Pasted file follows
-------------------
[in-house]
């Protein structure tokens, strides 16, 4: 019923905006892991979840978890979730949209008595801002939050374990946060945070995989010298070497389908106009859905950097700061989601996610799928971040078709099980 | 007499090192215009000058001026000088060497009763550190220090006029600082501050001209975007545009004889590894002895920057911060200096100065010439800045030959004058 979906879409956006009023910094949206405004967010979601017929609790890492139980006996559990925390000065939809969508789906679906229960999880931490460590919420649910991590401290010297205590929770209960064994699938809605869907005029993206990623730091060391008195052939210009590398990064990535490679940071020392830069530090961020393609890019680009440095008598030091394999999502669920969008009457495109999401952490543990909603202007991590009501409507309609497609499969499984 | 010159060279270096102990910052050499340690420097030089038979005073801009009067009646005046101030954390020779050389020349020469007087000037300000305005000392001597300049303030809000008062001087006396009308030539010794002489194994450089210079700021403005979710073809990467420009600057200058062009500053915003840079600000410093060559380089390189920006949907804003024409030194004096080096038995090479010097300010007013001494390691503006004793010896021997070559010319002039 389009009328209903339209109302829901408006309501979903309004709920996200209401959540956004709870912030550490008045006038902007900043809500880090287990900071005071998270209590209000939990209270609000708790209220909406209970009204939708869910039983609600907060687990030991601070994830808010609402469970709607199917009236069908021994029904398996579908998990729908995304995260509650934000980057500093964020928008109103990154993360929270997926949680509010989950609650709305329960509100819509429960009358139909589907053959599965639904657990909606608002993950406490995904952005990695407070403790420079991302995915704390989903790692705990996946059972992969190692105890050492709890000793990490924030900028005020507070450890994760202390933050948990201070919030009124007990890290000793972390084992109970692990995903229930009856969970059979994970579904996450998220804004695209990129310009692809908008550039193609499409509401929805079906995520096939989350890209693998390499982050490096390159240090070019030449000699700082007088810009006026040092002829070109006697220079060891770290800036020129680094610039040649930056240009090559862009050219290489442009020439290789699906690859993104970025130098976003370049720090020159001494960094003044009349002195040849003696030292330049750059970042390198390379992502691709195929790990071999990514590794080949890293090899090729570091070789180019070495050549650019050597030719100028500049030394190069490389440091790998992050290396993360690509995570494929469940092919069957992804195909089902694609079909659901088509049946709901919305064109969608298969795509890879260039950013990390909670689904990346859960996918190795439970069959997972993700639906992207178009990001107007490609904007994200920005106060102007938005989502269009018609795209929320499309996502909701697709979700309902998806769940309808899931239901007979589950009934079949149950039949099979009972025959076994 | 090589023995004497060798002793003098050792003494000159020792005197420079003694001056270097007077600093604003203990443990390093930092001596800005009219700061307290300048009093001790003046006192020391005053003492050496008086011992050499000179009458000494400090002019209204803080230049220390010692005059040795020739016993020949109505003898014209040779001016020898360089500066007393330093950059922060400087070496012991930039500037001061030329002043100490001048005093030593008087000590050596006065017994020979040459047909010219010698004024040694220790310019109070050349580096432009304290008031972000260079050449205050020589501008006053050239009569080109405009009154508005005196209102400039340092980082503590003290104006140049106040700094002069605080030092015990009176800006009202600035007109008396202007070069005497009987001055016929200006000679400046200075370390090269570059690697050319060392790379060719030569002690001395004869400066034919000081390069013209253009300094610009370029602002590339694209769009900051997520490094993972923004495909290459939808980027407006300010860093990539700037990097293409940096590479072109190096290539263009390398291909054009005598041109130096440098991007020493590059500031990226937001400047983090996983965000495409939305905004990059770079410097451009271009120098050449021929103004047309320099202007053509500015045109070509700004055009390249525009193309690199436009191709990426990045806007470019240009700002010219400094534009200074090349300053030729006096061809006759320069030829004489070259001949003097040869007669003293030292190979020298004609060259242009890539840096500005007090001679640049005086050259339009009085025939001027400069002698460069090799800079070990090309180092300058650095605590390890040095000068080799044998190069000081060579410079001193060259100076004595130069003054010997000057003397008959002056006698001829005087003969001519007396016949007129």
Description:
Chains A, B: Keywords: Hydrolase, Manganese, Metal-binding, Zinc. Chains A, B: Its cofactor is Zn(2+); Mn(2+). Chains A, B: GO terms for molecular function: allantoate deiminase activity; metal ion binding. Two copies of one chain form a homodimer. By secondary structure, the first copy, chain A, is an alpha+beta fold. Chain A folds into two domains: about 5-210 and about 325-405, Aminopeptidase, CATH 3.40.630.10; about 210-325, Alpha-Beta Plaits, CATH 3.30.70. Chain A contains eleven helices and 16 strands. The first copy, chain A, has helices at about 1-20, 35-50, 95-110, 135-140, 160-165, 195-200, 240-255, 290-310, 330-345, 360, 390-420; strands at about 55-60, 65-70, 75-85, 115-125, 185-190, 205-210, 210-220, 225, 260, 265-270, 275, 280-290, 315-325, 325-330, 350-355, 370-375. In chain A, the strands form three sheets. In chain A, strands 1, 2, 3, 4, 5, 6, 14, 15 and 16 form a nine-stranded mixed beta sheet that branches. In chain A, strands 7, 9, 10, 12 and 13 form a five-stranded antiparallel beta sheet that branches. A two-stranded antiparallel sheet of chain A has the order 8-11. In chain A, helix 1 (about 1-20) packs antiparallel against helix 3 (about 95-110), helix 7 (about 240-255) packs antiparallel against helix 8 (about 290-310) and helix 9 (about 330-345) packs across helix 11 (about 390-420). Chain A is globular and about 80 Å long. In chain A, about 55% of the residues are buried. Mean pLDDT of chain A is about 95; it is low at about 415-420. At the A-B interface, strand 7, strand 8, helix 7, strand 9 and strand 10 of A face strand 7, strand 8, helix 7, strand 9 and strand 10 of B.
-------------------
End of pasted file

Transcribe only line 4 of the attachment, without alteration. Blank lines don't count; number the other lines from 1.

Chains A, B: Keywords: Hydrolase, Manganese, Metal-binding, Zinc. Chains A, B: Its cofactor is Zn(2+); Mn(2+). Chains A, B: GO terms for molecular function: allantoate deiminase activity; metal ion binding. Two copies of one chain form a homodimer. By secondary structure, the first copy, chain A, is an alpha+beta fold. Chain A folds into two domains: about 5-210 and about 325-405, Aminopeptidase, CATH 3.40.630.10; about 210-325, Alpha-Beta Plaits, CATH 3.30.70. Chain A contains eleven helices and 16 strands. The first copy, chain A, has helices at about 1-20, 35-50, 95-110, 135-140, 160-165, 195-200, 240-255, 290-310, 330-345, 360, 390-420; strands at about 55-60, 65-70, 75-85, 115-125, 185-190, 205-210, 210-220, 225, 260, 265-270, 275, 280-290, 315-325, 325-330, 350-355, 370-375. In chain A, the strands form three sheets. In chain A, strands 1, 2, 3, 4, 5, 6, 14, 15 and 16 form a nine-stranded mixed beta sheet that branches. In chain A, strands 7, 9, 10, 12 and 13 form a five-stranded antiparallel beta sheet that branches. A two-stranded antiparallel sheet of chain A has the order 8-11. In chain A, helix 1 (about 1-20) packs antiparallel against helix 3 (about 95-110), helix 7 (about 240-255) packs antiparallel against helix 8 (about 290-310) and helix 9 (about 330-345) packs across helix 11 (about 390-420). Chain A is globular and about 80 Å long. In chain A, about 55% of the residues are buried. Mean pLDDT of chain A is about 95; it is low at about 415-420. At the A-B interface, strand 7, strand 8, helix 7, strand 9 and strand 10 of A face strand 7, strand 8, helix 7, strand 9 and strand 10 of B.